Faith and Order texts employ an ‘acting-like’ operation on two levels. On the first level, they operate by manipulating the readers. Conducting a performative analysis serves the description and explanation of the texts’ language while also utilising a discursive analysis has the purpose of indicating strategies which the texts employ to deeply embed their conceptual meanings. This brings the interpreter to the second level: the level of words and sentences that grow into meaningful concepts in their description of the church to world relationship. On this second level of interpretation, Faith and Order texts articulate the operations of God and the church in the world.
This book is an attempt to present three distinct configuration profiles by comparing the Lund report, the Stavanger document and the Nature and Mission document on the points of language, discourse and conceptual intent. The author shows the development of his research interest and the developing specificity of his research question in relation to the chosen paradigms, methods, approaches and techniques. He elaborates extensively on these elements in order to both account for his research management choices as well as to inform a, perhaps, less cognizant readership of a rather uncommon hermeneutical approach in the classical field of ecumenical research. His inquiry is supplementary to the prevailing studies about Faith and Order and is distinctive in its design, applied methods and techniques.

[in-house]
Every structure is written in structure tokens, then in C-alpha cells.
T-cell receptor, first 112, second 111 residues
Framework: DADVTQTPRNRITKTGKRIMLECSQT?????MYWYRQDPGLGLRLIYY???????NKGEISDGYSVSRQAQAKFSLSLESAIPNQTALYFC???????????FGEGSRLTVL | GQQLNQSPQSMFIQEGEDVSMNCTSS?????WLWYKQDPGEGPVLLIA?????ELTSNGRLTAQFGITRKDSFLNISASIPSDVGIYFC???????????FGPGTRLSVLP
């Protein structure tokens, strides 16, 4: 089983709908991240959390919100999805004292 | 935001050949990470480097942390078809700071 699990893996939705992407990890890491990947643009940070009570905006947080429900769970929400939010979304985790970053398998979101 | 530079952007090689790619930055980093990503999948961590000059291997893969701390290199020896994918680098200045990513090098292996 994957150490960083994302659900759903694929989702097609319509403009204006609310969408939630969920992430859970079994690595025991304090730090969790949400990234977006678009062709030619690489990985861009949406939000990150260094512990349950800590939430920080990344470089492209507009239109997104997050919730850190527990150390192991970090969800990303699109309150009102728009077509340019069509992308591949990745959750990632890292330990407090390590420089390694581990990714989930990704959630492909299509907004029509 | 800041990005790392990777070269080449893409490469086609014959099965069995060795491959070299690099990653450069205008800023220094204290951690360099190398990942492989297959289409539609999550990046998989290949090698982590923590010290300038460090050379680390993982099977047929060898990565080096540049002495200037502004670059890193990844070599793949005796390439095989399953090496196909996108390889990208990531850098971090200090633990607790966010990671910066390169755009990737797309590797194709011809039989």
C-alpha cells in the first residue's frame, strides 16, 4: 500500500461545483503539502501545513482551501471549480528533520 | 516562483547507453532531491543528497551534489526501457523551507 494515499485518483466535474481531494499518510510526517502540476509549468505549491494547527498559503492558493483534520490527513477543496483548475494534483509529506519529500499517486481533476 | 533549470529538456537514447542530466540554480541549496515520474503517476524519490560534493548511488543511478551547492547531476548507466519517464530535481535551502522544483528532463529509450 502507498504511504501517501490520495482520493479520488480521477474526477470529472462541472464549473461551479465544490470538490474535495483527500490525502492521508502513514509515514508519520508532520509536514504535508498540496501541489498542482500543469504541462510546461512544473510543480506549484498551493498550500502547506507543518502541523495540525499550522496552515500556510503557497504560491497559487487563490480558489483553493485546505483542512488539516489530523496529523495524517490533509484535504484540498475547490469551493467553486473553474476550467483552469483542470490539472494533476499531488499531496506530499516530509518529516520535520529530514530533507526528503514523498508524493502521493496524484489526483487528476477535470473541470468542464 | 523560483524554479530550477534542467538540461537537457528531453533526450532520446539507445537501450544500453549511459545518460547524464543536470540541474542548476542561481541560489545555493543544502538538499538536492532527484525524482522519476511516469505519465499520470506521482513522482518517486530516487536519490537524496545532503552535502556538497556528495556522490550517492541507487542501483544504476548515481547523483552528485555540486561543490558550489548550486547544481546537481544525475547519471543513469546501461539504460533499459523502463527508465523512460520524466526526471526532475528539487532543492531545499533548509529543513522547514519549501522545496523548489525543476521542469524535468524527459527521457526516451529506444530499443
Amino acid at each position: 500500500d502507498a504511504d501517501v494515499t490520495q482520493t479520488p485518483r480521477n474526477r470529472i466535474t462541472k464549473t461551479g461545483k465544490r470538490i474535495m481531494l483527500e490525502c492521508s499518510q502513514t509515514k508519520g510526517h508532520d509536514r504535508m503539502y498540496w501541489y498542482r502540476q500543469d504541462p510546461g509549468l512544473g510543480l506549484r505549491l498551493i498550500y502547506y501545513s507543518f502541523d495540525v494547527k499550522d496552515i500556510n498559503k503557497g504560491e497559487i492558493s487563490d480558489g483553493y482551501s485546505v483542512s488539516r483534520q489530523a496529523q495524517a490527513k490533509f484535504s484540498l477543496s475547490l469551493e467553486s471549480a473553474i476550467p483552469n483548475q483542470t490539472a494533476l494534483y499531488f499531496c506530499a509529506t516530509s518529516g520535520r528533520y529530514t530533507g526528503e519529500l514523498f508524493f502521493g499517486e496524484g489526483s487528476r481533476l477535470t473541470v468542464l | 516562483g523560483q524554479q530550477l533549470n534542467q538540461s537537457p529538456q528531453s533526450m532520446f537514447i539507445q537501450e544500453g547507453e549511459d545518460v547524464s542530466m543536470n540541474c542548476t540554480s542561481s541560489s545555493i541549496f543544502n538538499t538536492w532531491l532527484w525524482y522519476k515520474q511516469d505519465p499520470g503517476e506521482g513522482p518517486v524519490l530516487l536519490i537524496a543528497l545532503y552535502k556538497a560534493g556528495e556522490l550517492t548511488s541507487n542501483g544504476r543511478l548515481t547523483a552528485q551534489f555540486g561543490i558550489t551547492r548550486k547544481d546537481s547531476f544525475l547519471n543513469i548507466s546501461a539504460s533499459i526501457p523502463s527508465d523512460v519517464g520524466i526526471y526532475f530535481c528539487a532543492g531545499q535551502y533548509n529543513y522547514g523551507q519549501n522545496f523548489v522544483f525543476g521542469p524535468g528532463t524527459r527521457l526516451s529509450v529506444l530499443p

Ch.A.J. (Albert Jan) Stam was born on May 10, 1967 and is currently working as a minister in the Protestant Church in the Netherlands. He is married, father of three children and an active member of the Rotary and the YMCA.